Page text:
For nearly 20 years, I’ve been a photo editor, spending my days assigning photographers; collaborating with editors, reporters and page designers; and choosing images for stories. The one thing my job does not entail is taking photographs, something I did every day for 15 years for the News & Observer in Raleigh, N.C.
But in 2016, my wife, Yuko, gave me a new Fujifilm X-T2 digital camera for Christmas and reawakened the photographer in me. I decided that from then on, I would take photos every day.
I started out by going for walks around Chinatown looking for interesting images. After doing this for a week, I felt like I was putting myself in a box by narrowly defining what a good photo was. I noticed that while I was on the hunt for a perfect picture, I was overlooking the energy and randomness of people on the street.
I decided to free myself up by going with the flow, reacting to how people encounter one another, their facial expressions, their body language.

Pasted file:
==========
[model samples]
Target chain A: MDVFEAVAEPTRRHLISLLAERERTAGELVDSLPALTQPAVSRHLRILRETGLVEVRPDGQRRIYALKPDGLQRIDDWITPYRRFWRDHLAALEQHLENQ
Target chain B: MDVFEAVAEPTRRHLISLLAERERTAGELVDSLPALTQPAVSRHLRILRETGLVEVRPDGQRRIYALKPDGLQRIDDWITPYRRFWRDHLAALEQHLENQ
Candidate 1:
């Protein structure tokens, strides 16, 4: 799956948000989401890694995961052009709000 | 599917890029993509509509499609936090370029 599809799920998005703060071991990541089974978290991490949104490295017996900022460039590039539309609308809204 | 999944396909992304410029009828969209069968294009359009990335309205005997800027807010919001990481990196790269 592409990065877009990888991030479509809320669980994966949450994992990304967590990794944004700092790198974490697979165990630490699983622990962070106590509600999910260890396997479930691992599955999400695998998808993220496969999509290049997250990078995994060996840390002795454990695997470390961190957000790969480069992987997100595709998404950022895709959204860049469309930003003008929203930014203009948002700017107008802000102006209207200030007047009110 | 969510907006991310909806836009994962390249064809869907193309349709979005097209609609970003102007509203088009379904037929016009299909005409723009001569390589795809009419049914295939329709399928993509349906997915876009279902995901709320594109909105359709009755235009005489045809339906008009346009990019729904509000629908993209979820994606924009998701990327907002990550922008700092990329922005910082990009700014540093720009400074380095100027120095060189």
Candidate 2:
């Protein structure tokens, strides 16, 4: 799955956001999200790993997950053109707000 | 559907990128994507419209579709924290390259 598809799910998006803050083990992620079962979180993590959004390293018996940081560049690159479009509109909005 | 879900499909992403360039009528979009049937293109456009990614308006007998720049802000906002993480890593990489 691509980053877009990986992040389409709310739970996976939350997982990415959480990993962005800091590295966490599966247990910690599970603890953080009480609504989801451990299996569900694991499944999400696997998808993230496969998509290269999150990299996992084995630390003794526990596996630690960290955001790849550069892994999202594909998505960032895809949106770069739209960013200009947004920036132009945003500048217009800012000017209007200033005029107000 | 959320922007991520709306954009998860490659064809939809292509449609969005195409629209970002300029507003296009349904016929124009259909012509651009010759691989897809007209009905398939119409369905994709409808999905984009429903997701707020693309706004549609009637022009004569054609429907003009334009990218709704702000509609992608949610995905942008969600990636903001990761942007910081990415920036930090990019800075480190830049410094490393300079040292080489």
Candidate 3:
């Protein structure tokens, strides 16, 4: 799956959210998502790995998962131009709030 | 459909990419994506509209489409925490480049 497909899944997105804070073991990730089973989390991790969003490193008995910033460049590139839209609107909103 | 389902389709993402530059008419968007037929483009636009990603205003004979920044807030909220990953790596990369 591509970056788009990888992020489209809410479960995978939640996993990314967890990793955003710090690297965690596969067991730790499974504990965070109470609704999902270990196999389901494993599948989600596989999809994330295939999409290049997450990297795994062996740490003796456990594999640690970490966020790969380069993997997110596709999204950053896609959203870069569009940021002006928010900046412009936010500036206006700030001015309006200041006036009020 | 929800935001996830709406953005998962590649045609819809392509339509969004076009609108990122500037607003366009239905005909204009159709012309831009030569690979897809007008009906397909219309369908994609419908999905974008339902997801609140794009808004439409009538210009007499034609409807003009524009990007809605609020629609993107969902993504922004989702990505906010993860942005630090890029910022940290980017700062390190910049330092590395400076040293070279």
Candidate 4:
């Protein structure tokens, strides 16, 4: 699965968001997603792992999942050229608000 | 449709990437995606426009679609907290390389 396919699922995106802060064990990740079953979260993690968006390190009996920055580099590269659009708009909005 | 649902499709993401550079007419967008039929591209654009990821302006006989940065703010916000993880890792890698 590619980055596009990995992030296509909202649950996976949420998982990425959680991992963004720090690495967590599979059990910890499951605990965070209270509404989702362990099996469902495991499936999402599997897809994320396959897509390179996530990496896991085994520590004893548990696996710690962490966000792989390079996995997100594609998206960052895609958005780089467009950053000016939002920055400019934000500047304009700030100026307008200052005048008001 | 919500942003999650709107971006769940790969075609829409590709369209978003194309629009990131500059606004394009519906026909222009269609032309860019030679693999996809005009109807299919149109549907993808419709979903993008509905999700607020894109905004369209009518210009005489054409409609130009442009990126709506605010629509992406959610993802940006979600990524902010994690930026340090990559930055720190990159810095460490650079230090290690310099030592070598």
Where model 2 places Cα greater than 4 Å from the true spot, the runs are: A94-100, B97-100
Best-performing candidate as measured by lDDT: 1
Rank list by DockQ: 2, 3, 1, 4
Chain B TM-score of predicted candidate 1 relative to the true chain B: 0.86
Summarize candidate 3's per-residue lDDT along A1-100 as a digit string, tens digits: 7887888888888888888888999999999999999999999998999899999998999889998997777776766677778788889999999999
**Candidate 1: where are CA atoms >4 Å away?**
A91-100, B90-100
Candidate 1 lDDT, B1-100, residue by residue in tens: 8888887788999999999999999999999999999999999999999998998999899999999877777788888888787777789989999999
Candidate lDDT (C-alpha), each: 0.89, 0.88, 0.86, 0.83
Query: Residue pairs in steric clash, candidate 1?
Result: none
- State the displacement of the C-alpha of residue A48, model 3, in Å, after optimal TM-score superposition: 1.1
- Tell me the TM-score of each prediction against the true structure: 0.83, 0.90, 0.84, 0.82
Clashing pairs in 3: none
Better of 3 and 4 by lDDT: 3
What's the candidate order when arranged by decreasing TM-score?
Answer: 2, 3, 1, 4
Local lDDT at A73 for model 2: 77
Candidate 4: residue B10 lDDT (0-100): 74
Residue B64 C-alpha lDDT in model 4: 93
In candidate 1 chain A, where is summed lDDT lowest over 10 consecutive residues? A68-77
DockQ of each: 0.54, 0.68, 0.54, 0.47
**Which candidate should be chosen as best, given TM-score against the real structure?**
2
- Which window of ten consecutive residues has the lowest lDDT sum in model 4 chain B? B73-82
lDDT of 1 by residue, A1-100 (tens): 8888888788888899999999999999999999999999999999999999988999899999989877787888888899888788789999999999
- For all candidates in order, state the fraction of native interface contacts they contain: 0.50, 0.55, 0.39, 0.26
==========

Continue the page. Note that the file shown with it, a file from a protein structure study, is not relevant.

I’m also drawn to the aesthetics of the city and how people move within its design. After doing this for a while, I noticed that I was compiling a body of work that celebrates how the mundane can be visually refreshing.
These days, I take photos whenever I am outside and post them on my Instagram account. Once I’m finished with my work at The Washington Post, I pretty much bound out the door with at least one camera, sometimes two, slung over my shoulder and walk for 30 minutes with the aim of taking at least one photo.
I try to get out in time to catch the nice early evening light. I also like the feel of the city at night, and I find that street photography in the rain makes for dramatic and moody images.
Robert Miller is the deputy director of photography at The Washington Post. You can find more Washington street photography on his Instagram (@rmillerphotoeditor).